• 22 Jan 2020
  • SBS-ED
  • 3Min

4 leadership lessons from business leader Richard Maponya

4 leadership lessons from business leader Richard Maponya

Legendary Dr Richard Maponya has left behind an important legacy of unprecedented resilience. Here are 4 leadership lessons taken from his life.

This post is part of the Leadership in Africa Series by USB-ED. As part of our commitment to providing transformative executive education, we shine a spotlight on the most innovative people and extraordinary concepts coming out of the African continent. This is episode 4 of the series.

On 6 January 2020, Dr Richard Maponya passed away. A legendary business icon and activist, Maponya was known to many as ‘Soweto’s most humble giant’.

The 99-year-old remained an indomitable force for good right up until the end, rallying other leaders to support his dream to found a training academy to instill crucial entrepreneurship skills in young people.

An astute businessperson, Maponya’s empire includes real estate, construction, retail, transport and energy. The epitome of an entrepreneur, he surmounted significant challenges brought about by the restrictions of the apartheid regime to propel black business forward. That earned him another nickname – the grandfather of black business – and a reputation for unprecedented resilience.

Apply these 4 leadership lessons and become the great leader Richard Maponya was:

1. Adapt; don’t give up

Despite the government only granting Maponya and his wife, Marina, a limited licence to sell daily necessities, they found a way to bring a brand-new business venture to the township.

They used their savings to establish a dairy business delivering milk to Soweto customers via local boys on bicycles. This was a first. And it was an incredible example of how Maponya stayed true to his values.

According to Daily Maverick, Bidvest chairman Bonang Mohale said Maponya inspired others to ‘ride the tiger of apartheid, be brave and fearless’.

That’s how he lived his life. He refused to see himself as a victim of a system. Rather, he defined a new brand of entrepreneurship despite the confines of his environment.

2. Community first, always

From the start, Maponya’s mission was to see Soweto develop. He was extremely astute at solving real challenges that the community faced. That was the basis for his businesses.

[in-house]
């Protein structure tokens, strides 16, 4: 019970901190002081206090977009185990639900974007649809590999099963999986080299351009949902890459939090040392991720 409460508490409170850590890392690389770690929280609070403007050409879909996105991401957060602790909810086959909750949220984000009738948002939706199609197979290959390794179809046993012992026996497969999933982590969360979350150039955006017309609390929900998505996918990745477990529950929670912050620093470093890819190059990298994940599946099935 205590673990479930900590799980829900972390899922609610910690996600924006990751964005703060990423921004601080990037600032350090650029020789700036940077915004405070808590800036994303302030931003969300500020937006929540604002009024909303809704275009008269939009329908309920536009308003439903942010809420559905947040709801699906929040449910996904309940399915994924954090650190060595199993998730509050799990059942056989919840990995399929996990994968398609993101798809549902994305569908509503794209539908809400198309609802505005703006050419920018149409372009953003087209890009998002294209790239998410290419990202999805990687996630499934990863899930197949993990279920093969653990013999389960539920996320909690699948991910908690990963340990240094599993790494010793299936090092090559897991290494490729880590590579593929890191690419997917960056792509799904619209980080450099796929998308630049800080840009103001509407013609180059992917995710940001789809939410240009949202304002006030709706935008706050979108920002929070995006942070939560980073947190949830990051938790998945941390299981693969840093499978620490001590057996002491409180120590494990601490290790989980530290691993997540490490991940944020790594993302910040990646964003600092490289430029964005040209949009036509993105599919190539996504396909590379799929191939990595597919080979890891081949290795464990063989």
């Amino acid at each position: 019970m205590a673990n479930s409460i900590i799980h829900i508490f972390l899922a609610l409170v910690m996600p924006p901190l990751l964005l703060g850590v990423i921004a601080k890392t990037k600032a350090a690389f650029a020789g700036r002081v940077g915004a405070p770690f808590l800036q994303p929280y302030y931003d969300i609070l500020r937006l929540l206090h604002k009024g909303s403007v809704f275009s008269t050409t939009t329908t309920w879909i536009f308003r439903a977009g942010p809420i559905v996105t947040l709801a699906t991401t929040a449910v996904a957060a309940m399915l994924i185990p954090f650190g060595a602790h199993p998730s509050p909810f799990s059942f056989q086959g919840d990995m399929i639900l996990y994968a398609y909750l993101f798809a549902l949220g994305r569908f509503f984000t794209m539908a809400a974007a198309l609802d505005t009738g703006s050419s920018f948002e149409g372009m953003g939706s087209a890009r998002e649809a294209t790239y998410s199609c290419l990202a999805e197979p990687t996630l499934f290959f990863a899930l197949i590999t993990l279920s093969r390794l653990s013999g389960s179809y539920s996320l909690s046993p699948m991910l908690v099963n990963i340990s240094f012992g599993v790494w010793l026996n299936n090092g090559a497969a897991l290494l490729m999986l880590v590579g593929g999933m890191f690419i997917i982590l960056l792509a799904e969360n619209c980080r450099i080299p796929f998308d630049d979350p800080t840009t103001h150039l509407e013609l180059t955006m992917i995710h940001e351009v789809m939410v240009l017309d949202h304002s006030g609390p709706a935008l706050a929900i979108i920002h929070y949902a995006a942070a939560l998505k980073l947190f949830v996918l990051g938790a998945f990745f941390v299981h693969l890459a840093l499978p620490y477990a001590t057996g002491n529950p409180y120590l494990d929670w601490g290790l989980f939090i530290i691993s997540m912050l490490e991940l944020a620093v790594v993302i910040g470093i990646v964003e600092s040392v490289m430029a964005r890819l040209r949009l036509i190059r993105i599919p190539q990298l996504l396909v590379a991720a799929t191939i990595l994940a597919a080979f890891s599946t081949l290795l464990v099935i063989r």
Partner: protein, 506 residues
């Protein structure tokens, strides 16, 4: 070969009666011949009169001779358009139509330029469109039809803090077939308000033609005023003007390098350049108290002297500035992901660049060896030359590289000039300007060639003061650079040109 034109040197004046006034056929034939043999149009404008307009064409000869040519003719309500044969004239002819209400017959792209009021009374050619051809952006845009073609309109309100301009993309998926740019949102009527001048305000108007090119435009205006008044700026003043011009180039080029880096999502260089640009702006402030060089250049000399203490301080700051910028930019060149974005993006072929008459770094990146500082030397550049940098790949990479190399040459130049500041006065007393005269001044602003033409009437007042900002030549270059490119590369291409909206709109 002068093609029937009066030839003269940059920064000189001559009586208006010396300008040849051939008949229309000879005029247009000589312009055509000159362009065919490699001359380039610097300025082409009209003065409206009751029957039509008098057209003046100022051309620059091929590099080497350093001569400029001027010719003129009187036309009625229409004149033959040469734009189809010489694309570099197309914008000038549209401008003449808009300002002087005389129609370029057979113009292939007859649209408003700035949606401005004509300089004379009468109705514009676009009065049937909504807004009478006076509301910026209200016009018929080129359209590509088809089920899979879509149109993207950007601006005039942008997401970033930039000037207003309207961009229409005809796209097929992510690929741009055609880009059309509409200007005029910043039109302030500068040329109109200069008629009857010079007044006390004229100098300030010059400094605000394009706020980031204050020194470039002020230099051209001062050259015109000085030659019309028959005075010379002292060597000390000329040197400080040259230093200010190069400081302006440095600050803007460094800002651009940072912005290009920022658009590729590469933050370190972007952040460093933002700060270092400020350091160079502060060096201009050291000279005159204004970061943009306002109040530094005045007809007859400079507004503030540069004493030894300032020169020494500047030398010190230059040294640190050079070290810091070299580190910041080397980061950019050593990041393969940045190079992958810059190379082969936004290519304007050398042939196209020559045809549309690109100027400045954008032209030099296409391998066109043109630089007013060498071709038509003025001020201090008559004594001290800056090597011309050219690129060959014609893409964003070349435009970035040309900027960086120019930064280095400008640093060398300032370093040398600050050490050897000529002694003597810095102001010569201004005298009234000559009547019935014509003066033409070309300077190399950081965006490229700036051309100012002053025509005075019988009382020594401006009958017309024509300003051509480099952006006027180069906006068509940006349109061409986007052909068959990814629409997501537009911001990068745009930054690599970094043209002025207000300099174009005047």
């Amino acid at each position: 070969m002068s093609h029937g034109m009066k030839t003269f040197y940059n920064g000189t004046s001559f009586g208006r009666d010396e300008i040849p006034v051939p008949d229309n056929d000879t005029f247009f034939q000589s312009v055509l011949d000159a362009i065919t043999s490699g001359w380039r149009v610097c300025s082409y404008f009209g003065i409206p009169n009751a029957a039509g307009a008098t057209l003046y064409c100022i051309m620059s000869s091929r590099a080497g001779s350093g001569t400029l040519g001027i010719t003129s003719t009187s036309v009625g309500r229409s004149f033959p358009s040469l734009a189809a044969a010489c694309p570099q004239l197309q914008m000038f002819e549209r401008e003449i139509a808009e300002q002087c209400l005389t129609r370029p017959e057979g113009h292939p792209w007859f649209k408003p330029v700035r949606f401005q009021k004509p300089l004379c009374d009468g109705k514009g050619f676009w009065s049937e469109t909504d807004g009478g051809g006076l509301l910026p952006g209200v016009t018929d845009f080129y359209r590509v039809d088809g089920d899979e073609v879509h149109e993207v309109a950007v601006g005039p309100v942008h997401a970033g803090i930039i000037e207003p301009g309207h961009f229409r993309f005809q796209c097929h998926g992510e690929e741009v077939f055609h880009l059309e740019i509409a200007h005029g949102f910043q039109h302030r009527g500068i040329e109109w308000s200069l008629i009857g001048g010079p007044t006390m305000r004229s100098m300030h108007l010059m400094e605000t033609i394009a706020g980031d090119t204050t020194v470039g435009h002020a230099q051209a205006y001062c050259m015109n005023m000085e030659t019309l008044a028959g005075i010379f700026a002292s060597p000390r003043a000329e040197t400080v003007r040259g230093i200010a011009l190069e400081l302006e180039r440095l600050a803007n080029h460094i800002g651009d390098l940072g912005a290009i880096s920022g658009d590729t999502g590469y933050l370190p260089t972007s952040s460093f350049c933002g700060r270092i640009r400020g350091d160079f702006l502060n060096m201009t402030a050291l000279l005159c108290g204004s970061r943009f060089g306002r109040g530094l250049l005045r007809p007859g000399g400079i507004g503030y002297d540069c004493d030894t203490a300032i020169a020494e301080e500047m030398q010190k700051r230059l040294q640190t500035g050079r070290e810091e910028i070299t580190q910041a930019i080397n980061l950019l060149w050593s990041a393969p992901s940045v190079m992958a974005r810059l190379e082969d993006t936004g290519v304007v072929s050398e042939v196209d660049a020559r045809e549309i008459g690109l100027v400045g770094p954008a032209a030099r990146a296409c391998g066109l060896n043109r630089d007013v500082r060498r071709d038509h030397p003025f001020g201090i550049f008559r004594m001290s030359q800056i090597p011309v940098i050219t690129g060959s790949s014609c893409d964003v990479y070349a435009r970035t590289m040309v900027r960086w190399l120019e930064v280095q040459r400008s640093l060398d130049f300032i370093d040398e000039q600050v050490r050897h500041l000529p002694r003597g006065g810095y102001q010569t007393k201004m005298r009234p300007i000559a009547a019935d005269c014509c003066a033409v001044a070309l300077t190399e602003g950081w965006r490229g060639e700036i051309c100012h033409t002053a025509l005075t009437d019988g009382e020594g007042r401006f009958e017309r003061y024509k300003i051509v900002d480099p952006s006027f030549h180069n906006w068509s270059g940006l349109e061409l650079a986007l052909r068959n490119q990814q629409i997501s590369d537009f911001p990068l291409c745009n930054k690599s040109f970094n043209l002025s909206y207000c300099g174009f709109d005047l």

Evolving the ‘milk start-up’, he opened Soweto’s largest supermarket at the time – Maponya’s Supply Stores. These expanded across Soweto and secured Maponya’s success. He recognised a community need and answered it. Later, this led to him opening Maponya Mall, one of the previously underserviced area’s biggest shopping centres.

3. Don’t suffer stereotypes

 Maponya also built a Soweto filling station and auto-dealership. He refused to buy into the ridiculous idea of the time that black people couldn’t afford new cars. Again, this demonstrates his pioneering and ‘can do’ spirit.

4. Live your principles

As well as encouraging and inspiring black entrepreneurs, Maponya was also a founding member of the National African Federated Chamber of Commerce (Nafcoc). During apartheid, this helped further the rights of black businesses. His ethical and principled approach to business earned myriad accolades; it also made him beloved.

Maponya built a dynasty, despite the apartheid system. He overcame huge odds to become one of the country’s most inspiring success stories. Tributes demonstrate his phenomenal passion, empathy and intelligence. He lived his life and ran his businesses as a person of unwavering principle.


To emulate this kind of leadership, self-awareness is critical. USB-ED’s Management Development Course can help you understand yourself as a leader and how to interact with others. From this, you can begin to fine-tune your leadership style to inspire the best out of those around you.

View USB-ED’s list of courses to see which is best suited for your needs.

written by


- Latest Insights

  • 04 Jul 2024
  • Sarah Babb
  • 4 Min
EDTalks Resilience
  • 10 Jul 2024
  • Vanessa Thurlwell
  • 4 Min
EDTalks Resilience